Jan 19, 2024

The Dangerous Myth of the “Indispensable Nation”

Photo by Saad Alfozan

But if we have to use force, it is because we are America; we are the indispensable nation. We stand tall and we see further than other countries into the future, and we see the danger here to all of us. Our nation’s memory is long and our reach is far.”

– Secretary of State Madeleine Albright, 1998.

“We are the indispensable nation.  American leadership is what holds the world together.”

– President Joe Biden, 2023.

“The United States is still…the ‘indispensable nation’ in the Middle East.”

–David Ignatius, Washington Post columnist, 2024.

There is no better declarative indicator of American arrogance and hubris than the self-appointed title of “indispensable nation.”  Liberal pundits and critics believe that the notion of the indispensable nation had its origins in the post-Cold War era following the collapse of the Soviet Union in 1991.  In actual fact, the ideological origins of the indispensable nation were “present at the creation,” if I can borrow the title of Secretary of State Dean Acheson’s trenchant memoir.

The idea of the unique international standing of the United States was part of the Founding Fathers’ debate over our global role in 1789.  Liberal pundits and critics argue that U.S. “internationalism” was unique to twentieth-century diplomacy, but our notions of free commerce and liberal democracy were there at the outset.  They cite former presidents Woodrow Wilson, Franklin Roosevelt, and Harry Truman in their discussion of “internationalism.”  But John Quincy Adams, arguing that America “goes not abroad in search of monsters to destroy,” envisioned the United States as a threat to Europe’s autocratic regimes.  Adams added that the “influence of our example” would “overthrow them all without a single exception.”

The success of the Revolutionary War created a sense of American nationalism and internationalism that was manifested in our nineteenth-century wars against Britain (1812), Mexico (1846), and Spain (1898).  The Constitution has little to say about war, peace, and diplomacy: Article I grants Congress the power to declare war; Article II grants the president the power to serve as commander-in-chief.  But the Founding Fathers accepted George Washington’s dictum that “if you wish for peace, prepare for war.”  As early as 1783, Alexander Hamilton called for the drafting of our first national security strategy.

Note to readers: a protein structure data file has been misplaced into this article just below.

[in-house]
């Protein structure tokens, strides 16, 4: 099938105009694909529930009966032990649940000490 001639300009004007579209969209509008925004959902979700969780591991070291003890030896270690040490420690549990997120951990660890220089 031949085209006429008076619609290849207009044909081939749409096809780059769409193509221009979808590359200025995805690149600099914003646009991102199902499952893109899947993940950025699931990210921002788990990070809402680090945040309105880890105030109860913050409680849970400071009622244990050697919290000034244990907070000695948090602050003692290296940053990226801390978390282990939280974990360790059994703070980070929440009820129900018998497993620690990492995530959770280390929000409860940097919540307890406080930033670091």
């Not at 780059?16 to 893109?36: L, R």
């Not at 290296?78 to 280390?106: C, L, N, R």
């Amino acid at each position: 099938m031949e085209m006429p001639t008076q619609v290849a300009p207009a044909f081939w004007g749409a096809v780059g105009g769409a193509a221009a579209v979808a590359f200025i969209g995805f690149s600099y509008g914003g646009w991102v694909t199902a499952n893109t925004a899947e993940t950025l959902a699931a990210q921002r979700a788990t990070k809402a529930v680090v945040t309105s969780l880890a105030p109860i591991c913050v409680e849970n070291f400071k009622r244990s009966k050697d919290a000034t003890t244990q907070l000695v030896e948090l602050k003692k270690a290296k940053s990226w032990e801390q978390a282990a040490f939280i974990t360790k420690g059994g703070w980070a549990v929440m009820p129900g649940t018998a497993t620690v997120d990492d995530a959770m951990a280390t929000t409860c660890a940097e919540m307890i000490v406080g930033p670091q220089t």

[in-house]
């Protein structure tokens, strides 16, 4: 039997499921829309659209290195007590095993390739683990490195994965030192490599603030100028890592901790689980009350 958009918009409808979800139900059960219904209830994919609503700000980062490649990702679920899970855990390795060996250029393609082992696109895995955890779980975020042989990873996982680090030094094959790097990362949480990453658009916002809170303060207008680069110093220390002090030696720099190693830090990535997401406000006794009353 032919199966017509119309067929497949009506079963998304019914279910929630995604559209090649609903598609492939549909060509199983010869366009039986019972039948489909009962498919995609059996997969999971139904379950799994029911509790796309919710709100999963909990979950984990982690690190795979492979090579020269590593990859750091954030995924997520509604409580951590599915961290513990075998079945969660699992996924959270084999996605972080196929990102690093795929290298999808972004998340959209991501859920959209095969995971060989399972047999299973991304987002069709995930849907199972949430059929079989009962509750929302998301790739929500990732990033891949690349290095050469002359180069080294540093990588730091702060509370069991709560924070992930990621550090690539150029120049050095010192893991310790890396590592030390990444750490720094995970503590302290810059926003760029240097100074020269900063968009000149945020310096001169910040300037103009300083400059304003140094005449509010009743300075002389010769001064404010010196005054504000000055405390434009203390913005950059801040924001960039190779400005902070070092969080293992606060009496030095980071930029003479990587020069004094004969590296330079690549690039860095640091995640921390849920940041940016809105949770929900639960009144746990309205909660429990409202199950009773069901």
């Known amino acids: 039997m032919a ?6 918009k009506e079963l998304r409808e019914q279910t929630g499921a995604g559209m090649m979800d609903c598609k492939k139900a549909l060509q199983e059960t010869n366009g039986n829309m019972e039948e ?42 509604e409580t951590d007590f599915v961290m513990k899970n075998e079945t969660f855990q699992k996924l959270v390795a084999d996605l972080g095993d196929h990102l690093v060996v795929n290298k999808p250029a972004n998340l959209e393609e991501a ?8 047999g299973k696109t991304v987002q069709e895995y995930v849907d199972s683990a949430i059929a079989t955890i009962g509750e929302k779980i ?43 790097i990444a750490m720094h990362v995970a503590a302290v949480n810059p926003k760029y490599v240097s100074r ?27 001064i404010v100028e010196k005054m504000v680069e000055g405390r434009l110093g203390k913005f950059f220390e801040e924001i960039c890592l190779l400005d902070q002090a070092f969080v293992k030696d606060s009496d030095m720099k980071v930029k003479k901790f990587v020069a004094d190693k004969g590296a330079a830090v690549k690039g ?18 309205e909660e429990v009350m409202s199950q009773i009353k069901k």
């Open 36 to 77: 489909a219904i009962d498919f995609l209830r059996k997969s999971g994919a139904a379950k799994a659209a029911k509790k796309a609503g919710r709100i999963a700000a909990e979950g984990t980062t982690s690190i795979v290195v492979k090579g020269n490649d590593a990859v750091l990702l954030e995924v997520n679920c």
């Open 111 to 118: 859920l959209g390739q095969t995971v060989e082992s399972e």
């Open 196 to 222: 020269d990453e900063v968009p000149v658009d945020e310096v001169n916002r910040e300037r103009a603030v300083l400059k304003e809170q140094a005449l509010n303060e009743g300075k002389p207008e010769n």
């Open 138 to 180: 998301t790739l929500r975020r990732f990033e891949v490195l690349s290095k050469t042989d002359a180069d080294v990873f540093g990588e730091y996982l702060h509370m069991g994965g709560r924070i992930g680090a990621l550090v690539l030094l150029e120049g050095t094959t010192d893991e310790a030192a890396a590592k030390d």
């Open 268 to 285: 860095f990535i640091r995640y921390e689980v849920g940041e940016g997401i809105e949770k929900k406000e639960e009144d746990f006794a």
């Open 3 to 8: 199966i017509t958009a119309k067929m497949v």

Ignatius’s notion that the United States is the “indispensable nation” in the Middle East is particularly naive.  In reality, the Middle East is our briar patch.  We have no influence over Israel, the region’s superpower; we have been unable—perhaps unwilling—to reduce the misery suffered by innocent Palestinians in Gaza and the West Bank; and we have been unable to deter regional actors from using force despite our military presence.

The United States and Israel are totally at odds on the post-war scenario; the idea of a two-state solution; the role of the Palestinian Authority in Gaza; and the role of the Arab states in the rebuilding of Gaza.  President Biden’s address on the 100th day of the Gaza war made no mention whatsoever of the more than 24,000 Palestinians who have been killed in the war, mostly women and children.

Biden’s decision to expand the war into the Red Sea last week was predictable in view of the naval deployments in the region, but it is unlikely to have any favorable impact on the actions and policies of Yemen and the Houthis.  The U.S. and British attacks could lead to a wider war, however, that involves Hezbollah on Israel’s northern border.  On January 16, Iran’s Revolutionary Guards launched missiles at an Israeli intelligence facility in Iraq’s Kurdistan region, not far from the U.S. consulate.

More terrorism in the region is also likely.

If there is one indispensable factor in this rapidly changing international environment, it is the need for global diplomacy and cooperation.  The key international challenges involve strategic stability; the proliferation of conventional weaponry; international terrorism, and climate change.  There are no single indispensable nations in these difficult geopolitical challenges.  We need skillful U.S. diplomacy and must stop resorting to such counter-productive bromides as the “indispensable nation.”

The ultimate irony is that a nation that is so secure because of friendly borders north and south as well as protective oceans east and west has become so insecure.  U.S. complicity with Israeli war crimes will compromise U.S. influence in other international situations, and the overwhelming evidence of Israeli genocide will create additional problems.  The United States will not be helped by the comments of President Biden, Secretary of State Blinken, and National Security Council spokesman John Kirby, all of whom dismissed the charges of genocide as “meritless.”

The Biden administration wants Russia to follow the principles of international law in Ukraine, but has no stomach for getting Israel to do the same in Gaza.

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